Robertson Program hosts first webinar of its Indigenous Ways of Knowing in Math and Science series
In our first-ever webinar, Educator Bryan Bellefeuille shared how he brings Traditional Indigenous Mathematics in to his Ontario Classroom. With more than 450 educators watching live on YouTube, Bryan told viewers about the journey that led him to help educators on their path to exploring and including Traditional Knowledge in their classroom.
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Thurs., April 29, 2021
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Bryan spoke of the difficulties that arise when trying to articulate Traditional Mathematics in a Western context. Difficulties heighten further when attempting to connect these activities to expectations laid out in the Ontario curriculum. For Traditional Indigenous Knowledge to be taught in Mathematics, it takes time and commitment to understand how traditional activities can contain vast mathematical and scientific information.
“You cannot learn Traditional Indigenous Mathematics from a book,” Bryan said to educators beginning to learn about Indigenous culture and math. “You need to do it.”
Bryan showed participants that there are many examples of math embedded in Traditional Indigenous activities. For example, when constructing a Teepee, trees of similar height and width must be identified because they must all conform to one size. When cutting the tree, one must determine the correct angle at which it should be cut, and the direction it must fall. The journey back to the construction site must be mentally mapped. When building the Teepee, it is important to determine how high the walls must be raised off of the ground to attain adequate air ventilation.
“I always encourage people to start with something they’re interested in,” he said, acknowledging that canoe construction, basket weaving, gardening, cooking and the making of tools all require mathematical thinking.
Bryan shared a Math Plan for educators interested in exploring Traditional Indigenous Mathematics in their classroom:
- What are some areas of Indigenous culture are you interested in?
- What are some mathematical concepts in this topic?
- Who are some resources and Traditional Knowledge holders you can reach out to?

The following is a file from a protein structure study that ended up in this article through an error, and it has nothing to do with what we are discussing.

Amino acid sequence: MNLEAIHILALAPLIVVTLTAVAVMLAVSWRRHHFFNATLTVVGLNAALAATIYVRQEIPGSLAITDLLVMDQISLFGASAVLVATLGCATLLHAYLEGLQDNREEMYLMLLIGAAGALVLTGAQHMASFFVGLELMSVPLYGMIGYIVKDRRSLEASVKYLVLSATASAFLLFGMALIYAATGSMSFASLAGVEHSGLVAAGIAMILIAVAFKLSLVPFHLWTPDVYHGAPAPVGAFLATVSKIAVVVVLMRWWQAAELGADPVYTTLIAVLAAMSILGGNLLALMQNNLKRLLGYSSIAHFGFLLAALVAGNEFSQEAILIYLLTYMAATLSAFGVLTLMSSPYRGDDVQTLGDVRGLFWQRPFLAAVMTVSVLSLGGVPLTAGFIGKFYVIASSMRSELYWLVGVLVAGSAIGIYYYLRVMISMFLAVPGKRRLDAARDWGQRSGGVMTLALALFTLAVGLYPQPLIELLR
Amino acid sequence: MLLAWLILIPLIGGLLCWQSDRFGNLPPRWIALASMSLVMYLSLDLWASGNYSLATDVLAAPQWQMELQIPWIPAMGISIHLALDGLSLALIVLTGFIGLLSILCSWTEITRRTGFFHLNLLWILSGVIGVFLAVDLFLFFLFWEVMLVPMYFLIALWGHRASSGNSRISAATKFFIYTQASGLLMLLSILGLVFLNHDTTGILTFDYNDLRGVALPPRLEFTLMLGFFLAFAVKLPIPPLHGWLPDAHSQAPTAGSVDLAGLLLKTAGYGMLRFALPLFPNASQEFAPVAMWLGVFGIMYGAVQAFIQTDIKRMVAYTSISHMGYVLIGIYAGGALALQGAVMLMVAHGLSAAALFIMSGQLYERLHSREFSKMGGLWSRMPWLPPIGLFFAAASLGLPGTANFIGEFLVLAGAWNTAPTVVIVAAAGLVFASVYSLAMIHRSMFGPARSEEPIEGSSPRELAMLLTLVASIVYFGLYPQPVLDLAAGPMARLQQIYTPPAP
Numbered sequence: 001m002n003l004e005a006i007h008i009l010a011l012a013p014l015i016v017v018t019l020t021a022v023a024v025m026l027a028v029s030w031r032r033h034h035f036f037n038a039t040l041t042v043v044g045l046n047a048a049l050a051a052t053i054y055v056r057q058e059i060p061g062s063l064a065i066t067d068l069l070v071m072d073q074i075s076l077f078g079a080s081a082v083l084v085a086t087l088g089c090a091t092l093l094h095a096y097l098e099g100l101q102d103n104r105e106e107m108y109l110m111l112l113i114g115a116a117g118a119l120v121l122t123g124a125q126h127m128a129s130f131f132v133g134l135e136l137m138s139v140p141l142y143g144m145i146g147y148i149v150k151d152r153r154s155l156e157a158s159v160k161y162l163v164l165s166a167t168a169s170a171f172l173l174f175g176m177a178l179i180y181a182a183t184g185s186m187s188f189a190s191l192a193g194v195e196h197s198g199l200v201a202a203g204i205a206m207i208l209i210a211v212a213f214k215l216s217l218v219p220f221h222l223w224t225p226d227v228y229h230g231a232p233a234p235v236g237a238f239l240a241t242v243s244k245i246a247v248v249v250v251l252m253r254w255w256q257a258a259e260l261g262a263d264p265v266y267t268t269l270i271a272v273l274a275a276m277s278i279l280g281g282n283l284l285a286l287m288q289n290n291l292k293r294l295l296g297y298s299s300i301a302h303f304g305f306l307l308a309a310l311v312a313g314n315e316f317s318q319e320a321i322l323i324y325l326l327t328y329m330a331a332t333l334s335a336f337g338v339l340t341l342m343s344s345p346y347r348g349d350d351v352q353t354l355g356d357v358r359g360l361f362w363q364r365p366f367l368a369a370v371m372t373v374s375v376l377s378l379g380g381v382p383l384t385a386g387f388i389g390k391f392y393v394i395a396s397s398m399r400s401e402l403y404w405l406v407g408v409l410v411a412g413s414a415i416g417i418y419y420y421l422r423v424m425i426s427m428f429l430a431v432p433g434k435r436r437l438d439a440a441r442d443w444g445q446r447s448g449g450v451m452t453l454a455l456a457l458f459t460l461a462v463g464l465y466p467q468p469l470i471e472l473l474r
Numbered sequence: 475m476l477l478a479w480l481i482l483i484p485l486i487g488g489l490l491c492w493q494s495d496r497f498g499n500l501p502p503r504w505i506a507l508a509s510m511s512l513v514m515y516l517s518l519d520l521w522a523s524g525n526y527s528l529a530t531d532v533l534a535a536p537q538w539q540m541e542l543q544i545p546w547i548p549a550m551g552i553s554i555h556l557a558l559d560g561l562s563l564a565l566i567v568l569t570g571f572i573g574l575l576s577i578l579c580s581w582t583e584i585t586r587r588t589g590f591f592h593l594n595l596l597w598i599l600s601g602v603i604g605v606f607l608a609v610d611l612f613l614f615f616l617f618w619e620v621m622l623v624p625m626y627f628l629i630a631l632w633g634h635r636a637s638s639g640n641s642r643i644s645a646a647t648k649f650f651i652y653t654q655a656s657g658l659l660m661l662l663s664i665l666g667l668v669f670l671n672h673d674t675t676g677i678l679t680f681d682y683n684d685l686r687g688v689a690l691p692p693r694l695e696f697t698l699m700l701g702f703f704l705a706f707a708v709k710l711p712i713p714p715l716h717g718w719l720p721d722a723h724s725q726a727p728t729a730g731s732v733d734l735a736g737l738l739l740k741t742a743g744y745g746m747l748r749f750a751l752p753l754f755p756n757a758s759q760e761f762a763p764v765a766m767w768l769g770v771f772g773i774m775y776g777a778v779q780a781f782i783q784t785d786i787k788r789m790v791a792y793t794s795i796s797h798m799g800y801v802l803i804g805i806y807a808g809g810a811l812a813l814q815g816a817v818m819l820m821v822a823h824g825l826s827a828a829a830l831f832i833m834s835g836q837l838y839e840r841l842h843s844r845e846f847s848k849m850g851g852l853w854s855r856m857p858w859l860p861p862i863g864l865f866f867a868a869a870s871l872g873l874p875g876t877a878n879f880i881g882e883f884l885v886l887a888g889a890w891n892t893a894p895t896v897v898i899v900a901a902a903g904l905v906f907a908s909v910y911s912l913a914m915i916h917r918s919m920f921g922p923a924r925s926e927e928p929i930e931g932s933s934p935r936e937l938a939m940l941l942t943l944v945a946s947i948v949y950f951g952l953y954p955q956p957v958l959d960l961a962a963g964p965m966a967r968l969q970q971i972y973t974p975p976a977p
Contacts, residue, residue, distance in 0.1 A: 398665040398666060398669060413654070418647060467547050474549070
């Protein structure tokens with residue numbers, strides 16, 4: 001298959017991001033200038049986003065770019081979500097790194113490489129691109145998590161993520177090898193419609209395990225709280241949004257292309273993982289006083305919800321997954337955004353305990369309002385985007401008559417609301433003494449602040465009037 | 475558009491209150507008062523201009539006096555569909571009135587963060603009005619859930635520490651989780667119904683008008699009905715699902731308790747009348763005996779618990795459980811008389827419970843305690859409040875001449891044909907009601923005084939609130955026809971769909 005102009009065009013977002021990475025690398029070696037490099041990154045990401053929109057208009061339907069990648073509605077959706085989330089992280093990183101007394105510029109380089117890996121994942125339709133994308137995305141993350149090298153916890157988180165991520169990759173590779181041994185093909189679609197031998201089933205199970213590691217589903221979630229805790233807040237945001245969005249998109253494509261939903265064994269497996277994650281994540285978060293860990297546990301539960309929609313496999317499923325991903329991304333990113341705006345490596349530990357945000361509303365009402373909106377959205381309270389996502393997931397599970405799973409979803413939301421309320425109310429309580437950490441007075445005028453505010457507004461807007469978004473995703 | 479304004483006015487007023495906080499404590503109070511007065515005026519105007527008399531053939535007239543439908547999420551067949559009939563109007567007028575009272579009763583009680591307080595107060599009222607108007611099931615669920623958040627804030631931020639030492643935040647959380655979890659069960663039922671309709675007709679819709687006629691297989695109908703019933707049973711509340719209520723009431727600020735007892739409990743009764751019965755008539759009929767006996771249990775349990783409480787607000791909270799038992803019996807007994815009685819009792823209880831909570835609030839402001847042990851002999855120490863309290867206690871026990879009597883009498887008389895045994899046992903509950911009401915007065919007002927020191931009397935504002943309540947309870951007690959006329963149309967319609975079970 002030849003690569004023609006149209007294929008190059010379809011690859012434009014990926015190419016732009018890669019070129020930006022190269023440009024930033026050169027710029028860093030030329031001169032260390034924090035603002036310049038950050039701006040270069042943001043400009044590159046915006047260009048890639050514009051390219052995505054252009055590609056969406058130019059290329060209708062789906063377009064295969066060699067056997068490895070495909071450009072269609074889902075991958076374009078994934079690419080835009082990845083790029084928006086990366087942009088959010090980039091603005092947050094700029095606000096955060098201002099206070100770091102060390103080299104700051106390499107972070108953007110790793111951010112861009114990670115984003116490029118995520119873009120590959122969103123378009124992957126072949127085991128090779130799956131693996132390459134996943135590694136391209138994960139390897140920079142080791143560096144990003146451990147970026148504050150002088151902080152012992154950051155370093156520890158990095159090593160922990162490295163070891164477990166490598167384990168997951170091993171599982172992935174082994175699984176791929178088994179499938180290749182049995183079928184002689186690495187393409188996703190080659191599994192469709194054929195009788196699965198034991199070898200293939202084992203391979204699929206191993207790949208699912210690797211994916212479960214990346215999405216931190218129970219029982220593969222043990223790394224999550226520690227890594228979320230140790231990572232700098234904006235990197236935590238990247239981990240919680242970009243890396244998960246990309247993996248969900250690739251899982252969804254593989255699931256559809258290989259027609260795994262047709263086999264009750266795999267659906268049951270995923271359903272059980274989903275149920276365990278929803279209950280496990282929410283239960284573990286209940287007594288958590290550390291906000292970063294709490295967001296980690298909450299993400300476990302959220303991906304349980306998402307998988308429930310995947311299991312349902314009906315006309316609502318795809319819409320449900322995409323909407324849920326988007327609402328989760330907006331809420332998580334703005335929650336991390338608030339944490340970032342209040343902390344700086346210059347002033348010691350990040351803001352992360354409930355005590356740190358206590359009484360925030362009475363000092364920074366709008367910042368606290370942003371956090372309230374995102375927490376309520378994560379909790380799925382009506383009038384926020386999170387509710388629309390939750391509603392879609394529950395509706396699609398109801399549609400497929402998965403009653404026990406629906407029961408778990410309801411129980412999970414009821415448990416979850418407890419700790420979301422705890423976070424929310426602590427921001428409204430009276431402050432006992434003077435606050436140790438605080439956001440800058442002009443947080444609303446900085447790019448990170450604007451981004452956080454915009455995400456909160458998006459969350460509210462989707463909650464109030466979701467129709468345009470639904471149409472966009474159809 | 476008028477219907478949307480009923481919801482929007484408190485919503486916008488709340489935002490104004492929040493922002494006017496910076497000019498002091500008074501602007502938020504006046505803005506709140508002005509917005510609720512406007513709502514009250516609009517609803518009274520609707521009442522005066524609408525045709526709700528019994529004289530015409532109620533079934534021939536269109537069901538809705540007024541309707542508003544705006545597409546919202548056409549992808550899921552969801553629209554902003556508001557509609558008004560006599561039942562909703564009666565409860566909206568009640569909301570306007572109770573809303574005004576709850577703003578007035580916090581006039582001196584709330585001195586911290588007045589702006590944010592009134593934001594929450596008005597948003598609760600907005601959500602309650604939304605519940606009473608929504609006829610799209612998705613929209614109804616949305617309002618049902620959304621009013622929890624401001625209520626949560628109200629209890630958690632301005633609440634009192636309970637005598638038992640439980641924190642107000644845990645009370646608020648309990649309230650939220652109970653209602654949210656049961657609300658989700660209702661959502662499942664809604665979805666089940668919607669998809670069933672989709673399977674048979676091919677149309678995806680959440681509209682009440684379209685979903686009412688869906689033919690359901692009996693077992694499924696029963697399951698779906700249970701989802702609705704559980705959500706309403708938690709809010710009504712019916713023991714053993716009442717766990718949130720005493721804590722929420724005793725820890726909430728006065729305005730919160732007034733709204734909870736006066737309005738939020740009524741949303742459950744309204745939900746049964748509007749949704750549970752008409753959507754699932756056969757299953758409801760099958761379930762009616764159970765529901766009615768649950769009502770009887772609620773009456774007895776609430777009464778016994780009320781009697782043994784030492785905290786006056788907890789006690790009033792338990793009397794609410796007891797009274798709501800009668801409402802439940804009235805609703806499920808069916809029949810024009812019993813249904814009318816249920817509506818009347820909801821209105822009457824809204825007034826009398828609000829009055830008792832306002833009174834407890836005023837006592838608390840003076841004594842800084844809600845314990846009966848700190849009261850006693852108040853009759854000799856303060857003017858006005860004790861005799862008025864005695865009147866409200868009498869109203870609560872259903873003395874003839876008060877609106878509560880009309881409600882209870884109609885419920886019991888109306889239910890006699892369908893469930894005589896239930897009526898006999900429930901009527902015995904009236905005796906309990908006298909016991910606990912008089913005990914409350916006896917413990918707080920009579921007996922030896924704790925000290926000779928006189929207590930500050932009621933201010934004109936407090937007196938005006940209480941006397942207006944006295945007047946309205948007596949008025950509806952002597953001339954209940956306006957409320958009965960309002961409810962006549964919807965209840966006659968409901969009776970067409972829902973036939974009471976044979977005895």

- What are some resources you can access?
Identifying and connecting with Traditional Knowledge holders is of the utmost importance.
“In my community, we have a few crafting elders – but no one calls them a crafting elder,” Bryan said. “Those are the people that hold the knowledge about crafting – so that’s where you need to go. They may not be able to articulate the math, but that’s where your knowledge has to come from.”
Anishinaabe of Nipissing First Nation
Bryan Bellefeuille is a firekeeper, a grass dancer, a traditional fisherman, and a father of three. Bryan graduated from the Schulich School of Education at Nipissing University after completing an undergraduate degree in Mathematics. During this time, he was invited to speak at the Perimeter Institute for Theoretical Physics regarding Indigenous Mathematics, as well as attend a session of the same topic at the Fields Institute of Mathematical Sciences. Bryan previously worked with Indigenous people within the Ontario and Canadian Criminal Justice System as a Gladue Report Writer. At this time, he helped edit the Ontario curriculum for Grade 10 History in response to the Truth and Reconciliation Commission’s Call to Actions. Currently, Bryan teaches at Blind River Public School on the North Shore of Lake Huron as an Ojibwe language teacher and an Indigenous Culture and Curriculum Support worker.
Indigenous Ways of Knowing in Math and Science Webinar Series
In February 2021, The Robertson Program launched the Indigenous Ways of Knowing in Math and Science webinar series to showcase how Indigenous and non-Indigenous educators incorporate Indigenous ways of knowing in their math and science classrooms. The series is presented in partnership with Kikinoo’amaadawin.
The Kikinoo’amaadawin Webinar Series is a collaboration between Dr. Jean-Paul Restoule and Dr. Angela Nardozi that has provided a platform for Indigenous and Settler educators and knowledge keepers to share their knowledge in a variety of topics since 2019. Dr. Jean-Paul Restoule (Dokis First Nation) is an Anishinaabe scholar and educator who is currently the Chair of Indigenous Education at the University of Victoria. He is concerned with bringing Indigenous worldviews to a wide audience and infusing Indigenous perspectives into mainstream practice. Dr. Angela Nardozi is a Settler and guest on Turtle Island who is Italian-Canadian. She is a member of the Ontario College of Teachers and received her Ph.D. in Education from OISE/UT. She has spent over a decade working alongside Indigenous communities and with non-Indigenous educators, including as the Project Manager of the Deepening Knowledge Project from 2011 to 2016.